For Jewish soldiers serving in the United States Armed Forces being posted to Afghanistan or Iraq can be tricky from a religious point of view at the best of times. When the festivals of Rosh Hashanah (Jewish News Year), Yom Kippur (Day of Atonement) and Sukkot (Feast of Tabernacles) cluster together in a one-month period, celebrating them in a meaningful way can be even more of a challenge.
For Army Chaplain (Capt.) David Becker, the request from the Army’s Chief of Chaplains office under the leadership of Chaplain (Maj. Gen.) Paul Hurley to go to Afghanistan on a special six-week temporary duty, or TDA, to administer to soldiers of the Jewish faith serving there, was both a surprise and an honor. With fewer than a dozen rabbis on active duty in the Army, there is not a large pool of people to choose from.
“They sent a rabbi to theater to travel around this country to be specifically catering to Jewish Soldiers, which I’ve had the opportunity to do,” Becker said, adding he has ministered here at Bagram Airfield, Kandahar Airfield, and in Kabul.
Becker is a pulpit rabbi and vice principal in a Jewish day school. He is also assigned to the 640th Aviation Support Battalion, Combat Aviation Brigade, 40th Infantry Division, Army National Guard, Joint Training Base at Los Alamitos, California.
The chaplain said that he was so delighted to be given the opportunity to serve in this way because it allowed him to activate his patriotism and love of his country in conjunction with his “unfathomable spirit for Judaism and my fellow Soldiers in an environment where they would not necessarily get to have that opportunity.”
“Coupled with those feelings, it’s unlike any mission that I’ve ever experienced outside of the Army. It fills me with a sense of awe and appreciation for the Army, for my country, and for my God,” he added.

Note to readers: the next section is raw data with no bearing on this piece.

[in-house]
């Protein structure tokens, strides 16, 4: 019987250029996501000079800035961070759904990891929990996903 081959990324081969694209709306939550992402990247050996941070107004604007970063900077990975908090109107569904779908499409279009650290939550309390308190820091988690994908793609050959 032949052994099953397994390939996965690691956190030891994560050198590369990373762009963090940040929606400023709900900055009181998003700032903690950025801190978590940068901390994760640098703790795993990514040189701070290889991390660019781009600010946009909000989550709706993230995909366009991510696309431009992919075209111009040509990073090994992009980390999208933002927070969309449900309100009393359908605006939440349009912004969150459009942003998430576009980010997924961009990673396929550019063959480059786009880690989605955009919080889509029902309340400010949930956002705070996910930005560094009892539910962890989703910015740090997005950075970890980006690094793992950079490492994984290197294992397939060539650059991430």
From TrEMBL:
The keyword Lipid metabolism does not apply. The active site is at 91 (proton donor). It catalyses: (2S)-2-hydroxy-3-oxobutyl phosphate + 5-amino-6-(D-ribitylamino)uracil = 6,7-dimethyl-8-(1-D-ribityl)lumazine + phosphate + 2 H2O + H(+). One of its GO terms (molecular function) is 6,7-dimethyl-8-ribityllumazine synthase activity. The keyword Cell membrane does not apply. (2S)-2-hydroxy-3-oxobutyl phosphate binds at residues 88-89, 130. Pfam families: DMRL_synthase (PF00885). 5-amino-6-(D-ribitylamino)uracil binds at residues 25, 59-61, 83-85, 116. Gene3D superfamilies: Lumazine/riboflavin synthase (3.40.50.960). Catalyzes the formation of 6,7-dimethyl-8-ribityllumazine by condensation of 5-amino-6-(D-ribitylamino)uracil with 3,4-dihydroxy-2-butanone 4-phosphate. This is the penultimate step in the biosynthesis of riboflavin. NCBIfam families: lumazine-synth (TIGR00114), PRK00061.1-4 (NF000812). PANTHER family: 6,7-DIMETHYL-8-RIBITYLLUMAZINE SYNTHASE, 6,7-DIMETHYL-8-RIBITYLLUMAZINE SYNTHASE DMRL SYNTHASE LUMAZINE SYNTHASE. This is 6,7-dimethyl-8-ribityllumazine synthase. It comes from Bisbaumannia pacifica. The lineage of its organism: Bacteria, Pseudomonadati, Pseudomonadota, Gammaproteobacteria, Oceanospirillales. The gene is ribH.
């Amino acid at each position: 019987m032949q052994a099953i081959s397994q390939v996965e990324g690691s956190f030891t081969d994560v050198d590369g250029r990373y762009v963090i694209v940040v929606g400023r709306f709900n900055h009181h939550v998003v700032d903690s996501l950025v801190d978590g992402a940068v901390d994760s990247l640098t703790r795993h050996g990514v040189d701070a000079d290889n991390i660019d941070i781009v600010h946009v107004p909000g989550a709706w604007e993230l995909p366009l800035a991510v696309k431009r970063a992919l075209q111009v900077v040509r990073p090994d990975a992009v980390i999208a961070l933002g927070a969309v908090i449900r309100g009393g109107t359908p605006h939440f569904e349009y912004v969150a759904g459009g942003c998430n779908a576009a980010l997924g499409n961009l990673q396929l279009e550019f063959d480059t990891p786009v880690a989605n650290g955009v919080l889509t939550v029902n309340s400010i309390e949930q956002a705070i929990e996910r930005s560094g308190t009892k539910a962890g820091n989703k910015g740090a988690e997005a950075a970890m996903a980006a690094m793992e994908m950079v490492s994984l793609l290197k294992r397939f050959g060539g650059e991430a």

Becker was accompanied on his sojourn by Army Master Sgt. Capricia Turner, who has served for 18 years. She is a religious affairs noncommissioned officer, 38th Infantry Division, Indiana National Guard. Although the pairing may seem unusual from the outside – a Jewish and Christian chaplain serving together – but it turned out to be a blessing in disguise.
For Turner, it allowed her to get a deeper understanding of Jewish roots and how to practically prepare for Jewish festivals. “I think it’s very interesting, and again I go back to it as a Christian. We learn that this is how Jesus worshiped,” Turner said. “And I enjoy seeing and learning the different scriptures that people of the time would have worshiped and read. And, it’s a lot of fun.”
Turner was particularly sensitive to the dietary requests of Jewish soldiers, especially the need for the correct food to enhance the spirit of the festivals. She said that she felt blessed to have been able to serve with a Jewish chaplain. It was the first time that she had experienced working within a different faith group and she found it a deeply enriching experience.
Becker said that his latest deployment had been like no other. “People are absolutely floored I’m here … that the Army cares enough to provide a rabbi for their needs. And I come with a whole wealth of goodies, food, and ritual experiences,” he said. “I put my whole heart and soul into building up our Soldiers.”
Source: Israel in the News